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Christopher Eccleston Reportedly Passes on Return to Doctor Who – Did We Actually Want Him Back?

Posted on the 06 April 2013 by Weminoredinfilm.com @WeMinoredInFilm
If you think my outfit is going to have even a slpash of color or quirkiness, you're crazy.

If you think my outfit is going to have even a slpash of color or quirkiness, you’re crazy.

Put that leather jacket back in storage: Christopher Eccleston has reportedly turned down an offer to appear in the Doctor Who 50th Anniversary special episode.  Well, that’s certainly not fantastic.  Eccleston was the 9th actor to play the role of Doctor over all, and the first to play the role when the show was revived in 2005 after having been off the air since 1989.  He left the show after only one season, the shortest stint for any actor in the role outside of Paul McGann, who only appeared in 1 TV movie.

The news of Eccleston’s decision was first reported April 4th by UK paper the Daily Star, which claimed Eccleston had pulled out of the episode even though  filming is scheduled to begin shortly.   A day later an unnamed BBC source told Digital Spy:

“Chris met with Steven Moffat a couple of times to talk about Steven’s plans for the Doctor Who 50th anniversary episode. After careful thought, Chris decided not to be in the episode. He wishes the team all the best.”

Basically, you have a tabloid-leaning newspaper saying Eccleston really screwed over the Doctor Who producers by pulling out at the last second, and an unnamed source from the BBC contacting a more trusted source to confirm Eccleston’s lack of involvement with the explanation that passing on a project and pulling out are two very different things.

Regardless of how much stock you want to put into this story, the notion that Eccleston would decline the opportunity to come back is in no way surprising.  In fact, the idea of him even having a conversation with Steven Moffatt about it is more surprising.  Why?  Frankly, it’s never been entirely clear if Eccleston even likes Doctor Who.  In 2005, he admitted that he had not been a fan of the show as a child because “[The Doctor] seemed like an authority figure.  I felt a bit patronized by him.”  Since leaving the Doctor Who after one season, he has not often discussed the show  nor has he typically attended fan conventions or any such Doctor Who-related events.  One gets the impression that his role as the 9th Doctor was just something he did between 2004 and 2005, and then he moved on to the next thing, a path which has ultimately led him to the role of one of the main antagonists in this Summer’s Thor 2: The Dark World.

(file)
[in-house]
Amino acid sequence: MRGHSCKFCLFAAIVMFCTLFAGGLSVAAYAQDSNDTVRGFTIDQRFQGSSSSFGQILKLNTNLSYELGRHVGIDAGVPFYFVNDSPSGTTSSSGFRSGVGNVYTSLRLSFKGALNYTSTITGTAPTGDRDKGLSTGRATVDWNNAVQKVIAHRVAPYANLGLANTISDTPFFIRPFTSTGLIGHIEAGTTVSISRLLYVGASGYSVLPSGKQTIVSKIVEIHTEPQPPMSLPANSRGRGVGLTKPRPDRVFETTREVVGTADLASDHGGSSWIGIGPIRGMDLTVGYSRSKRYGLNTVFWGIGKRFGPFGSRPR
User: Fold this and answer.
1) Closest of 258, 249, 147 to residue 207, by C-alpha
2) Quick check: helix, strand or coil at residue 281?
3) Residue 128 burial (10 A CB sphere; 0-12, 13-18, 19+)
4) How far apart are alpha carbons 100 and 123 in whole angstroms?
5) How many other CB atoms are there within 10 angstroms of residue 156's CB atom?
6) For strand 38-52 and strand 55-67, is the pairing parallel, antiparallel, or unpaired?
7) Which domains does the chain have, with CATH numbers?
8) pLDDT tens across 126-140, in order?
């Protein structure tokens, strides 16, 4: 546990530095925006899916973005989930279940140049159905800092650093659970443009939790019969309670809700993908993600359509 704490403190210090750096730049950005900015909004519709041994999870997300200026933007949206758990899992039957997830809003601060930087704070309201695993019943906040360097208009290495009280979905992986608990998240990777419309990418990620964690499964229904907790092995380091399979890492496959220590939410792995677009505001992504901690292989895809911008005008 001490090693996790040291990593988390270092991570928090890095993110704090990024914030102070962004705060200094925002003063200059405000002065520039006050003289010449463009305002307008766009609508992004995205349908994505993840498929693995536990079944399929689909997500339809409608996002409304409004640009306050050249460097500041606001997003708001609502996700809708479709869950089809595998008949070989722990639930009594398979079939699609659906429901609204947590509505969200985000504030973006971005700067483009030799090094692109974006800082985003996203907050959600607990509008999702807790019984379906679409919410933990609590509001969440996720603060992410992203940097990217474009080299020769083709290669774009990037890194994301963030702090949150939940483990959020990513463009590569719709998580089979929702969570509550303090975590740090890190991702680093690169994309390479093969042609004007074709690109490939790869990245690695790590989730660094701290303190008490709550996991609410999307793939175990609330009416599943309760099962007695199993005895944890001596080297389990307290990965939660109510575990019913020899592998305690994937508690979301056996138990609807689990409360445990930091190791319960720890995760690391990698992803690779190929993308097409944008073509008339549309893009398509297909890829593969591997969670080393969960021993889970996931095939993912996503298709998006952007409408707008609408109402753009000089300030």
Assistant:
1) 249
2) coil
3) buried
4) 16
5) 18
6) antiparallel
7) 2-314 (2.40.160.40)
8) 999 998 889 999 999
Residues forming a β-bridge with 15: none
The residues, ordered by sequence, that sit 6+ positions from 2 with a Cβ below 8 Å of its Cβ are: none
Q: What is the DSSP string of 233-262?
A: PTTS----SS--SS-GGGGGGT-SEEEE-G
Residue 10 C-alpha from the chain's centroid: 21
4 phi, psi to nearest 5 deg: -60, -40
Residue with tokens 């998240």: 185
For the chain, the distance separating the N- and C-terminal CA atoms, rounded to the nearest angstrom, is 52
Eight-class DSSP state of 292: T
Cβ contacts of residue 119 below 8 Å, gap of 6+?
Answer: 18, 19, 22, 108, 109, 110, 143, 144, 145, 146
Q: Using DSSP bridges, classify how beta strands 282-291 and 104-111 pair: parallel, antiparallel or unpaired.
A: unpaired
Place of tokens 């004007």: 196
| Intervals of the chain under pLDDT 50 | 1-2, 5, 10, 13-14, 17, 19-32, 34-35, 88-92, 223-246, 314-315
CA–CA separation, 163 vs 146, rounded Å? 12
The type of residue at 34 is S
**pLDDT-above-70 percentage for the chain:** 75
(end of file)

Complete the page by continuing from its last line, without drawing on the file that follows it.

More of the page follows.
Eccleston as Malekith from the set of Thor: The Dark World. No, that is not a Cyberman in the background. Photo credit: Screenrant.com

Plus, his somewhat recent explanations for why he left the show are just confusing.  The old explanation that he had always only intended to do one season and there was no drama may only be partially true, especially that drama part.  At a 2011 speaking engagement at the Theatre Royal Haymarket, he had this to say when asked why he left:

“I left Doctor Who because I could not get along with the senior people. I left because of politics. I did not see eye-to-eye with them. I didn’t agree with the way things were being run. I didn’t like the culture that had grown up around the series. So I left, I felt, over a principle.”  He concluded, saying “My face didn’t fit and I’m sure they were glad to see the back of me. The important thing is that I succeeded. It was a great part. I loved playing him. I loved connecting with that audience. Because I’ve always acted for adults and then suddenly you’re acting for children, who are far more tasteful; they will not be bullshitted. It’s either good, or it’s bad. They don’t schmooze at after-show parties, with cocktails.” [BadWilf.co.uk]